Rosencrantz and Guildenstern Are Dead (1990)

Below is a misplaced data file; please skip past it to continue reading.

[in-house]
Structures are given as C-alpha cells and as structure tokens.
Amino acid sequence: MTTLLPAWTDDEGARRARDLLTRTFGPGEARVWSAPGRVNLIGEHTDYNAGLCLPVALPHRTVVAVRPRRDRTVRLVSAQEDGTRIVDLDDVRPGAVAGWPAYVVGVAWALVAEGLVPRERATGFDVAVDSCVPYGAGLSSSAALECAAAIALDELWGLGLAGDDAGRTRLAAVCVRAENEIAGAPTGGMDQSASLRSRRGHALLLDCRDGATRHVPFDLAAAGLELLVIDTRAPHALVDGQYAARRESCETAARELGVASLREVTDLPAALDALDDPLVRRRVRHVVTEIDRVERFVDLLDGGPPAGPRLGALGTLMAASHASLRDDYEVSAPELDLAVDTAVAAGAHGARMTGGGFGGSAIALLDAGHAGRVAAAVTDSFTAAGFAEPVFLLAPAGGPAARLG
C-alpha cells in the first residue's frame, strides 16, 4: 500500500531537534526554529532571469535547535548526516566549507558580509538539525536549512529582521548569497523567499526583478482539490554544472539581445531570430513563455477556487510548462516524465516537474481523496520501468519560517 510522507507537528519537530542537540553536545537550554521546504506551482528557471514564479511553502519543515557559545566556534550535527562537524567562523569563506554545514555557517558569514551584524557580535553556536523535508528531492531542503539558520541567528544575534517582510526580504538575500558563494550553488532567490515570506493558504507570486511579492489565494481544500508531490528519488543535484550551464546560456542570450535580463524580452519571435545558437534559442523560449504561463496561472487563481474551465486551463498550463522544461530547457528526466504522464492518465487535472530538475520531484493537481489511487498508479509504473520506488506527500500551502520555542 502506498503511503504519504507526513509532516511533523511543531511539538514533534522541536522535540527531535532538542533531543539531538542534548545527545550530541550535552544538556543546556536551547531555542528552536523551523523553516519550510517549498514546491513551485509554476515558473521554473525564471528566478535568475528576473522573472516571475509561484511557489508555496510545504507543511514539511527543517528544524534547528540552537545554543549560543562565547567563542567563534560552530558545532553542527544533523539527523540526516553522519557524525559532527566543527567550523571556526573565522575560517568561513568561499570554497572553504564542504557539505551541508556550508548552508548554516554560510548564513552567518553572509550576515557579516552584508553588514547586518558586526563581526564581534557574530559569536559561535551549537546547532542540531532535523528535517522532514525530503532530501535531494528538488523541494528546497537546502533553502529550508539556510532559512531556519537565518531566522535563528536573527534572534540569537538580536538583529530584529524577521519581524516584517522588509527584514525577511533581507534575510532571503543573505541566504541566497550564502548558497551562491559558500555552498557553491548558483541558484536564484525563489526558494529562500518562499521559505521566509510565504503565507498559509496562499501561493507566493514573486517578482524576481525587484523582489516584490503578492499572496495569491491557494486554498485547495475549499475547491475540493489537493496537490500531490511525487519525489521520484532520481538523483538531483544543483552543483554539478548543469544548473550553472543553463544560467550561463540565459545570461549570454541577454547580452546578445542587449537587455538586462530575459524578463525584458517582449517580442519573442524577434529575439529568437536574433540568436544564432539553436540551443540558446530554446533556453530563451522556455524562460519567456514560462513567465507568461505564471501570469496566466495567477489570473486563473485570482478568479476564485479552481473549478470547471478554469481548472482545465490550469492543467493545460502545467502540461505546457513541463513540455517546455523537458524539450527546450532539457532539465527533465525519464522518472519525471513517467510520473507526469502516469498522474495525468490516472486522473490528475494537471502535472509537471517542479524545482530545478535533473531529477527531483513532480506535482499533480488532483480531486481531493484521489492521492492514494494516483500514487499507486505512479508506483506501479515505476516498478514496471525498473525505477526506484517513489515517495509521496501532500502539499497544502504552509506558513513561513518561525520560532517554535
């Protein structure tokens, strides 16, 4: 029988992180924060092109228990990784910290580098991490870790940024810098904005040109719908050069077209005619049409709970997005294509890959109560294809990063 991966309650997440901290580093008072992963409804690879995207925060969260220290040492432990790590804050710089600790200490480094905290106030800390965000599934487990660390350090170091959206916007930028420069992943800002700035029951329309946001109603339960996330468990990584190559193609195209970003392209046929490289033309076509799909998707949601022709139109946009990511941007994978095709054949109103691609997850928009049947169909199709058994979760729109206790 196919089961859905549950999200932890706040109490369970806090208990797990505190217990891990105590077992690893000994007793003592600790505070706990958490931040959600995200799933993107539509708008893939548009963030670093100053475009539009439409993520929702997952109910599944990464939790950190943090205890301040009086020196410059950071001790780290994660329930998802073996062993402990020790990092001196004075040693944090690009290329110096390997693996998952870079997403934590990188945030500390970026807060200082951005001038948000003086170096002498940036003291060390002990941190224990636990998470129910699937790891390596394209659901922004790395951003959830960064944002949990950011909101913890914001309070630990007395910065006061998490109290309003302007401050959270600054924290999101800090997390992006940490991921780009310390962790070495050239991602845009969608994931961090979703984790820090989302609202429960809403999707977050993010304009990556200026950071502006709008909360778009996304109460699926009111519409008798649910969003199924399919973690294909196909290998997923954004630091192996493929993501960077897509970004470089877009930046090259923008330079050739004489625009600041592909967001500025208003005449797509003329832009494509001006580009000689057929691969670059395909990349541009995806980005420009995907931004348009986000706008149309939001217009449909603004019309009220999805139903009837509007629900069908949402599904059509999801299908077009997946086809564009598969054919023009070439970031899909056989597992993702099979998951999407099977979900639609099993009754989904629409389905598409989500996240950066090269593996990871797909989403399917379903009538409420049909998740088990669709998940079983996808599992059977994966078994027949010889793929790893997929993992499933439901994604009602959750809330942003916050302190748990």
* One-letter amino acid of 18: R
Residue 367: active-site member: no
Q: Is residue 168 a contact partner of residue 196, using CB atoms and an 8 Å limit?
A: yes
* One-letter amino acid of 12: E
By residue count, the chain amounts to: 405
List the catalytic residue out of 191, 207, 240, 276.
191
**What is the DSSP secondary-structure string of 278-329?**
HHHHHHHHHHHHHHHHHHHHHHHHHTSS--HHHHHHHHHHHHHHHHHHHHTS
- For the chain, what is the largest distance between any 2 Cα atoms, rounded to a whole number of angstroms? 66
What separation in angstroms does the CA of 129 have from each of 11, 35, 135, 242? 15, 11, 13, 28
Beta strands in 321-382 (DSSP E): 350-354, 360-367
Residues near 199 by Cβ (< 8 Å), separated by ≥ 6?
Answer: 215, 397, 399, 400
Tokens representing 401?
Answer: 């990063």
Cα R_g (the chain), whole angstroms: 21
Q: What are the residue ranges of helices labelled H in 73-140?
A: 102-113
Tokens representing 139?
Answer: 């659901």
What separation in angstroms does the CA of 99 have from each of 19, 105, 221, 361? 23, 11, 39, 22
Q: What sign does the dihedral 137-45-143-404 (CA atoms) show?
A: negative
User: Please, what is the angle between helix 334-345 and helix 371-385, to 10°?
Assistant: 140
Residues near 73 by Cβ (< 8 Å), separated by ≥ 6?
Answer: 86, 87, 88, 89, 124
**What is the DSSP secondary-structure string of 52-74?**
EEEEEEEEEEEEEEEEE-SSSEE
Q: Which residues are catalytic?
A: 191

Shakespeare by way of Beckett. I’m hardly the first person to draw that comparison, no doubt, but Godot immediately came to mind anyway as soon as Gary Oldman started flipping that coin. Roger Ebert complained that the film failed because the material was never meant to be filmed; unlike Ebert, I’ve got no investment in the original play simply because I’d no familiarity with it, so I can only take the film by itself, and for what it is—i.e. a film of a play about a play—I suppose it does well enough. It’s an artificial construct, but it would be equally if not more so on the stage, I imagine. I wonder if its real problem is that the material is too tied to the period that produced it (i.e. the mid-60s) and the concerns of the “absurdist” theatre of the time to avoid seeming a bit dated. Rosencrantz and Guildenstern are such ultimate nobodies that neither of them is sure which of them is which; they observe rather than do (literally—an awful lot of the film seems to involve them watching other people do things), they’re at the mercy of elements outside their control, they don’t understand what it is they’re supposed to do (much like the other Hamlet personages in the film, who have a similar quality of apparent mechanism rather than individual personality to them). Ultimately they’re ciphers rather than people, and ultimately that’s where the thing kind of collapses for me; they’re not really important, they’re bit parts in their own story, and death comes to them just as it comes to us all, so why should we show them any particular interest or engagement? I’m sure that’s kind of the point, they’re nothing special, but for me at least there’s not a great deal to stop the film from finally just becoming a somewhat blank exercise in emptiness.


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